Montrose Schools Will Accept Grants, Even if Funded by Pot
by Samuel Adams
Jan 19, 2014 | 1644 views | 1 1 comments | 34 34 recommendations | email to a friend | print
POT REVENUES SAVE SCHOOLS - Montrose County School District officials say that replacing the crumbling Columbine Middle School is at the top of their priority list for state grants funding school improvements. The money comes thanks to new revenues generated by the retail marijuana tax from pot sales in towns that have OK’d retail sales, including Telluride. (Photo by William Woody)
POT REVENUES SAVE SCHOOLS - Montrose County School District officials say that replacing the crumbling Columbine Middle School is at the top of their priority list for state grants funding school improvements. The money comes thanks to new revenues generated by the retail marijuana tax from pot sales in towns that have OK’d retail sales, including Telluride. (Photo by William Woody)
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WESTERN SAN JUANS – Alpine Wellness, one of Telluride’s three retail pot shops, has served over 1,100 people since opening its doors on New Year’s Day, according to Will Evans, the store’s director of marketing.

Statewide, the nearly 40 retail marijuana dispensaries across Colorado made $5 million selling the formerly-illegal drug in their first week of business. 

Although none of the retail pot shops in Telluride have released gross sales numbers, the State of Colorado expects to collect $70 million in tax revenues from the state’s budding industry, according to the information accompanying Proposition AA, the statute Colorado voters passed in November establishing a taxing system for the new industry.

AA stipulates that the first $40 million in retail pot revenues are earmarked exclusively “for public school capital construction as required by the state constitution….”

But revenues from the tax do not exclusively benefit communities that permit retail marijuana commerce. Rather, the State of Colorado will collect the revenues and distribute them to districts applying for the funds via state grants, regardless of their town’s position regarding retail marijuana sales.

Mary Lynn Christel, a consultant for the Public School Finance Department of the Colorado Department of Education, said the earmarked $40 million will be available for distribution through the Building Excellent Schools Today grant network, the program funded by the Colorado Department of Education’s Division of Public School Capital Construction Assistance that helps fund capital improvement projects in public schools across the state.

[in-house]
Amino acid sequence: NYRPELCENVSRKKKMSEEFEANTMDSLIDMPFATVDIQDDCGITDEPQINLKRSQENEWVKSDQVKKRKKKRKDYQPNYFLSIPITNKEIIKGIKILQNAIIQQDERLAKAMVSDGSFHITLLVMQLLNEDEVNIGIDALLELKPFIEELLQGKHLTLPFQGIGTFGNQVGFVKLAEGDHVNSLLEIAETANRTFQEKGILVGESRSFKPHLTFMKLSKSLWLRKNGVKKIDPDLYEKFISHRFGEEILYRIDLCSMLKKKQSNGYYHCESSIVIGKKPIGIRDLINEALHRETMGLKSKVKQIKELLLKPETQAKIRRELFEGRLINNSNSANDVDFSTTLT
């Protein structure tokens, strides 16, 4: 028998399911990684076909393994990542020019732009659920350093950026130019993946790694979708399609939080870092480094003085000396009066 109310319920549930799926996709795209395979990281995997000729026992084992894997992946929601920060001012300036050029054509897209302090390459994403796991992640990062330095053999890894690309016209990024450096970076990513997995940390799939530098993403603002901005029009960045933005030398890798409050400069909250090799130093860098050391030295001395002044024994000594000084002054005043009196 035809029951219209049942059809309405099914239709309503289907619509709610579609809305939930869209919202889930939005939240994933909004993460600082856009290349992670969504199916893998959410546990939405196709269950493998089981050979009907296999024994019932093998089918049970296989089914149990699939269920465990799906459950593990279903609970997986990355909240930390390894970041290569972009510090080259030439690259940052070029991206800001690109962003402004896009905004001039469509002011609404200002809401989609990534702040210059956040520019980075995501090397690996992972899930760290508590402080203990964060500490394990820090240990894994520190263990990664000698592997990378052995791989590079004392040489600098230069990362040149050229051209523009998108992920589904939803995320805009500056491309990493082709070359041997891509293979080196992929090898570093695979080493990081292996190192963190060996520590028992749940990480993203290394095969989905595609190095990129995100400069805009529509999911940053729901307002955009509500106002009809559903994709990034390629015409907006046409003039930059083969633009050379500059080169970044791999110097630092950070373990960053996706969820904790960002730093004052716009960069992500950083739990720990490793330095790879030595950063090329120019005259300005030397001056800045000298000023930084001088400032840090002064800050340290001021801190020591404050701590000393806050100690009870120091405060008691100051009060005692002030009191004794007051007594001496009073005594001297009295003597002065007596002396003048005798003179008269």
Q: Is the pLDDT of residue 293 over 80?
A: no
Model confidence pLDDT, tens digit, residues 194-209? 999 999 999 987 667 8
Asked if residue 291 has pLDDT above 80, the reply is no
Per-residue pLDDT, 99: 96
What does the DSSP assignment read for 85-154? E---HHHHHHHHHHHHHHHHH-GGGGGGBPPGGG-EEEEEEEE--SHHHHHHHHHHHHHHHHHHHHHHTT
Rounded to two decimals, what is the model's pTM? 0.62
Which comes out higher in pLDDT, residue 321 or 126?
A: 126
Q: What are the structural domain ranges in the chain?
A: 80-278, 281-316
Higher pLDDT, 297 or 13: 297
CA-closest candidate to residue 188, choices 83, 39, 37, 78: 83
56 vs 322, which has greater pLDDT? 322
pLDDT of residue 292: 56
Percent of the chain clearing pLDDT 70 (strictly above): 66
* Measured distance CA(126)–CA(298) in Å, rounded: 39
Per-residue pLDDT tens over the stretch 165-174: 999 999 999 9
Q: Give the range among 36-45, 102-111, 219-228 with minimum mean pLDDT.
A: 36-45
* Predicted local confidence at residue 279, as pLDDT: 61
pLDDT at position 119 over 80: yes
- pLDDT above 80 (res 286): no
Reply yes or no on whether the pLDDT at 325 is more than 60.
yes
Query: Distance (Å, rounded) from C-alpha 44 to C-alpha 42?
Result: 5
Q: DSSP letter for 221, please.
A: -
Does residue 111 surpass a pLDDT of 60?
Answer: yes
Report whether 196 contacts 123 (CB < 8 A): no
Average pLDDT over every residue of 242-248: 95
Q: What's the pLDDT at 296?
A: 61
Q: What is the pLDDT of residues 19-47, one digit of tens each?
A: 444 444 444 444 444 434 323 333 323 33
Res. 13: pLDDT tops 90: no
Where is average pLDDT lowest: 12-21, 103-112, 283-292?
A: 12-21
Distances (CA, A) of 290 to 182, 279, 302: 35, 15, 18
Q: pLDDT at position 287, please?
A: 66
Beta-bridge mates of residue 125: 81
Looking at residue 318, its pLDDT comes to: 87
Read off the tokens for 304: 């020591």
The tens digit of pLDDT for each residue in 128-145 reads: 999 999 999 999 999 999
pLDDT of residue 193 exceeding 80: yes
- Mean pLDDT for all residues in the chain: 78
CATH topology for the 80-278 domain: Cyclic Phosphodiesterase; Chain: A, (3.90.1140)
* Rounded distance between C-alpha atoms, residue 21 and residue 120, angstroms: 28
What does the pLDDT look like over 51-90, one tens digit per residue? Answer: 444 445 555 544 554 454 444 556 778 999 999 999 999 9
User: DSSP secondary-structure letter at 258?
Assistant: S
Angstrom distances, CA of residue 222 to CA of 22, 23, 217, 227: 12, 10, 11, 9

But the Telluride School District will likely not see any BEST grant funds from the state, even though the town it serves is home to three retail marijuana shops.

“The community of Telluride as a whole has always been very supportive of education,” said Telluride School Superintendent Kyle Schumacher.  Since local taxes have supported the district, state funding has not been needed, or available. 

“There are districts across the state that are in more need of capital construction projects than the Telluride School District,” Schumacher said. “I never want to see any district be denied funding because of policy decisions its town makes. I would always like more funding for my district, but the fact is that there are districts in this state that need the funding more than we do.”

The disparity between districts is evident just 65 miles north of Telluride, where the Montrose/ Olathe School District faces substantial financial hurdles. The district is eligible for BEST grants, even if that means accepting revenues generated by taxing the sale of marijuana, which the two towns do not permit.

Fifty-seven percent of Montrose County voters said no to Amendment 64 in 2012, which legalized recreational use of the drug.  By comparison, nearly 60 percent of the county’s voters approved of Proposition AA, possibly signaling that although Montrose County does not permit the use of marijuana, it is willing to benefit from it.